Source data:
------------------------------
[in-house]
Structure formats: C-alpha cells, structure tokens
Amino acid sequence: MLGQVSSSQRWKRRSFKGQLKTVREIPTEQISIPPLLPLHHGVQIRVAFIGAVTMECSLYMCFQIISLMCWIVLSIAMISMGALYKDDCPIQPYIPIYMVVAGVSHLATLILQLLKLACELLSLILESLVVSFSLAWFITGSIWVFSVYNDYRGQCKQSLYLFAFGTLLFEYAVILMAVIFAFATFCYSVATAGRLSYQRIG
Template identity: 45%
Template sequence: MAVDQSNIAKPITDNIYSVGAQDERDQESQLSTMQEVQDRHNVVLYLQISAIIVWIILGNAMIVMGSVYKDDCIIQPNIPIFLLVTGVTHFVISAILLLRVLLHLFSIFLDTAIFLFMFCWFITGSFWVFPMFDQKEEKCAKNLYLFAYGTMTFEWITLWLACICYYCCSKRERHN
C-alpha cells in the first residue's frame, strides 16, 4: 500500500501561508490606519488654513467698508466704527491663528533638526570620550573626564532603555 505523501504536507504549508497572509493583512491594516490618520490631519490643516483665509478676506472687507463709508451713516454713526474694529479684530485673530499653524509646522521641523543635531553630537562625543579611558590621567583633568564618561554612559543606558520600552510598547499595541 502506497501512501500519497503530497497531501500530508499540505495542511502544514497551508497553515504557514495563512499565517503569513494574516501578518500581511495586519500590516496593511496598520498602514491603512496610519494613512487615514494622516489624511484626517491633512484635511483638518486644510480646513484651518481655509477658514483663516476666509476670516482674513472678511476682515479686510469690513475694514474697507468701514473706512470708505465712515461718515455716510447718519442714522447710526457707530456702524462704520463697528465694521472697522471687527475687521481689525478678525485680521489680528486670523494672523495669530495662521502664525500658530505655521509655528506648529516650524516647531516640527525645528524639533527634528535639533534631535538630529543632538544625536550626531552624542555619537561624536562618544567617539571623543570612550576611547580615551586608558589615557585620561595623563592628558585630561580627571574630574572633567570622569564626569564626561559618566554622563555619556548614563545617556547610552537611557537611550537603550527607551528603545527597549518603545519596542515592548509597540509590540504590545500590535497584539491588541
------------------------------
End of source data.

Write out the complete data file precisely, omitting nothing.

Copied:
[in-house]
Structure formats: C-alpha cells, structure tokens
Amino acid sequence: MLGQVSSSQRWKRRSFKGQLKTVREIPTEQISIPPLLPLHHGVQIRVAFIGAVTMECSLYMCFQIISLMCWIVLSIAMISMGALYKDDCPIQPYIPIYMVVAGVSHLATLILQLLKLACELLSLILESLVVSFSLAWFITGSIWVFSVYNDYRGQCKQSLYLFAFGTLLFEYAVILMAVIFAFATFCYSVATAGRLSYQRIG
Template identity: 45%
Template sequence: MAVDQSNIAKPITDNIYSVGAQDERDQESQLSTMQEVQDRHNVVLYLQISAIIVWIILGNAMIVMGSVYKDDCIIQPNIPIFLLVTGVTHFVISAILLLRVLLHLFSIFLDTAIFLFMFCWFITGSFWVFPMFDQKEEKCAKNLYLFAYGTMTFEWITLWLACICYYCCSKRERHN
C-alpha cells in the first residue's frame, strides 16, 4: 500500500501561508490606519488654513467698508466704527491663528533638526570620550573626564532603555 505523501504536507504549508497572509493583512491594516490618520490631519490643516483665509478676506472687507463709508451713516454713526474694529479684530485673530499653524509646522521641523543635531553630537562625543579611558590621567583633568564618561554612559543606558520600552510598547499595541 502506497501512501500519497503530497497531501500530508499540505495542511502544514497551508497553515504557514495563512499565517503569513494574516501578518500581511495586519500590516496593511496598520498602514491603512496610519494613512487615514494622516489624511484626517491633512484635511483638518486644510480646513484651518481655509477658514483663516476666509476670516482674513472678511476682515479686510469690513475694514474697507468701514473706512470708505465712515461718515455716510447718519442714522447710526457707530456702524462704520463697528465694521472697522471687527475687521481689525478678525485680521489680528486670523494672523495669530495662521502664525500658530505655521509655528506648529516650524516647531516640527525645528524639533527634528535639533534631535538630529543632538544625536550626531552624542555619537561624536562618544567617539571623543570612550576611547580615551586608558589615557585620561595623563592628558585630561580627571574630574572633567570622569564626569564626561559618566554622563555619556548614563545617556547610552537611557537611550537603550527607551528603545527597549518603545519596542515592548509597540509590540504590545500590535497584539491588541